New Guidelines on Reversal of Anticoagulants in Patients with Intracranial Hemorrhage

January 17, 2017

New Guidelines on Reversal of Anticoagulants in Patients with Intracranial Hemorrhage

  1. Patricia Kritek, MD

Appropriate use of prothrombin complex concentrate and specific reversal agents are recommended.

  1. Patricia Kritek, MD

Sponsoring Organizations: Neurocritical Care Society (NCS) and Society of Critical Care Medicine (SCCM)

Target Audience: All critical care providers who care for patients with neurological emergencies

Background

NCS/SCCM brought together a 13-person international, multidisciplinary committee to provide guidance on managing patients with antithrombotic drug–associated intracranial hemorrhage (ICH).

Key Points

  • Vitamin K antagonists should be reversed. Suggested dosing is 10 mg vitamin K intravenously, to be repeated if international normalized ratio (INR) remains above 1.4 at 24 to 48 hours.

  • For patients with INR >1.4, administering three- or four-factor prothrombin complex concentrate (PCC) is recommended over using fresh frozen plasma.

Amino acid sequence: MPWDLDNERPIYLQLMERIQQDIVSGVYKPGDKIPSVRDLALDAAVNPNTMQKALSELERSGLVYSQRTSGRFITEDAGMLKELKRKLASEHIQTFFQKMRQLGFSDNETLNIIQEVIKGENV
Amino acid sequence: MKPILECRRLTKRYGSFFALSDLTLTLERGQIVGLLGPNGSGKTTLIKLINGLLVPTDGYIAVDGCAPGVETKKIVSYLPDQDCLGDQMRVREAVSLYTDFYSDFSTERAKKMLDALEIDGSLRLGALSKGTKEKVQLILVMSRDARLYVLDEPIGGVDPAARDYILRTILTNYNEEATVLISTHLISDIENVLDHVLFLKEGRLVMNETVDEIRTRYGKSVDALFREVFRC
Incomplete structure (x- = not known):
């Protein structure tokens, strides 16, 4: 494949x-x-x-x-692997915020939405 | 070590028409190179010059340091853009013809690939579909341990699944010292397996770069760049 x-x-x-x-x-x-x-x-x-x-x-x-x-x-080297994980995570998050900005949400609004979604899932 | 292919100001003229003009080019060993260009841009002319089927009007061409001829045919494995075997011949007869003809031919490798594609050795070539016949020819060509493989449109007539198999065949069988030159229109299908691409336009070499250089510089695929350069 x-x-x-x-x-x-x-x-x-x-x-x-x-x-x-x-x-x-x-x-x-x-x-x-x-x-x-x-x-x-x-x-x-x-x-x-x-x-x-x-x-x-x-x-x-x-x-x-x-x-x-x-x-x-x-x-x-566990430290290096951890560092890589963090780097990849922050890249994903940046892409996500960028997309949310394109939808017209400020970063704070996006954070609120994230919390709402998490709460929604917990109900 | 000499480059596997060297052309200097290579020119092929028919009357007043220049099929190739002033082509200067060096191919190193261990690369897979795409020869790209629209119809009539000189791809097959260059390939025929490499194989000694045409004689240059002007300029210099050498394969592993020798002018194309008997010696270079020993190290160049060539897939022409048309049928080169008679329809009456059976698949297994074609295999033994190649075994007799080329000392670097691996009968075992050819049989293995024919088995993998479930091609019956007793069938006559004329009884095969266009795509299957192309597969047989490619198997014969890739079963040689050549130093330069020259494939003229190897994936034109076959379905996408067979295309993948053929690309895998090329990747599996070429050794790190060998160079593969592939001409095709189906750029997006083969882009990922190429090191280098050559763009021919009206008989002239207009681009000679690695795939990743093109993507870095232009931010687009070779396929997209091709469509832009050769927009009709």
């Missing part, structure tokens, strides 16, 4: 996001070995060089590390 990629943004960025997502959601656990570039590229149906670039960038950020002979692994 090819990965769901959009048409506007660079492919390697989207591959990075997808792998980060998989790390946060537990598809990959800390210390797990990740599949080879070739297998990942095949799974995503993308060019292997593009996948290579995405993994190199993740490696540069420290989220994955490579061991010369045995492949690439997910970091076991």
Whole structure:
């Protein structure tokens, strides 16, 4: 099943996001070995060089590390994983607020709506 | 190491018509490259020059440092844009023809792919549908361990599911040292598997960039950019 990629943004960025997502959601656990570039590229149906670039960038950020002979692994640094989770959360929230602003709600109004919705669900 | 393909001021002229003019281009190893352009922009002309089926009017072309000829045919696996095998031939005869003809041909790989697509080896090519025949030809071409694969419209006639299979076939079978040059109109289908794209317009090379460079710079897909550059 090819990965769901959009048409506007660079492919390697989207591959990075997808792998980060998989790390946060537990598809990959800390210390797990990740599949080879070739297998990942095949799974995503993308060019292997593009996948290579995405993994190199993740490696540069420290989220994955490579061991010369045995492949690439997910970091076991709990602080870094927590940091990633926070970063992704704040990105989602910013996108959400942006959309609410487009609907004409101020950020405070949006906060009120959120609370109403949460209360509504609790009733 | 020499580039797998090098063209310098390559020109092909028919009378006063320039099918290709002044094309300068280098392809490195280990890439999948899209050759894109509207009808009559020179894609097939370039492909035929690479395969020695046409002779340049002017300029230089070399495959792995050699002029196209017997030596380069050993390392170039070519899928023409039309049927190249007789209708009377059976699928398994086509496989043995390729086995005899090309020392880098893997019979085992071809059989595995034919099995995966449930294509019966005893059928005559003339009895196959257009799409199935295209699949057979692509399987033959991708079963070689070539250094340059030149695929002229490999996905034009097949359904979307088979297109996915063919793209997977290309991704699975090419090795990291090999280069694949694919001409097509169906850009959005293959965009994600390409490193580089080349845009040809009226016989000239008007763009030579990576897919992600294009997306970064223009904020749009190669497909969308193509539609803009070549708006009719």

• If event occurred within 3 to 5 half-lives of drug administration, oral direct factor Xa inhibitors should be reversed with four-factor PCC, and dabigatran should be reversed with idarucizumab (Praxbind) if it is available (if not available, four-factor PCC should be used).

  • Patients who received therapeutic intravenous heparin should be treated with intravenous protamine at 1 mg for every 100 units of heparin administered in the past 2 to 3 hours (maximum dose, 50 mg). Protamine also is recommended for ICH if patients received low-molecular-weight heparin.

  • Cryoprecipitate should be administered to patients who have received thrombolytics.

  • Platelet transfusions are not recommended for patients who take antiplatelet agents, unless neurosurgical procedures are needed.

Comment

The level of evidence for most of these recommendations is relatively low, because experience with the new oral anticoagulants is still slowly growing. Emphasis is on targeted factor replacement (e.g., PCC and cryoprecipitate) and use of specific reversal agents (e.g., idarucizumab) when available. Andexanet alfa, a reversal agent for the anti–factor Xa drugs and enoxaparin, is not available yet but is undergoing FDA review (NEJM JW Gen Med Oct 1 2016 and N Engl J Med 2016; 375:1131).

Editor Disclosures at Time of Publication

  • Disclosures for Patricia Kritek, MD at time of publication Speaker’s Bureau American College of Chest Physicians (Critical Care Board Review Course)

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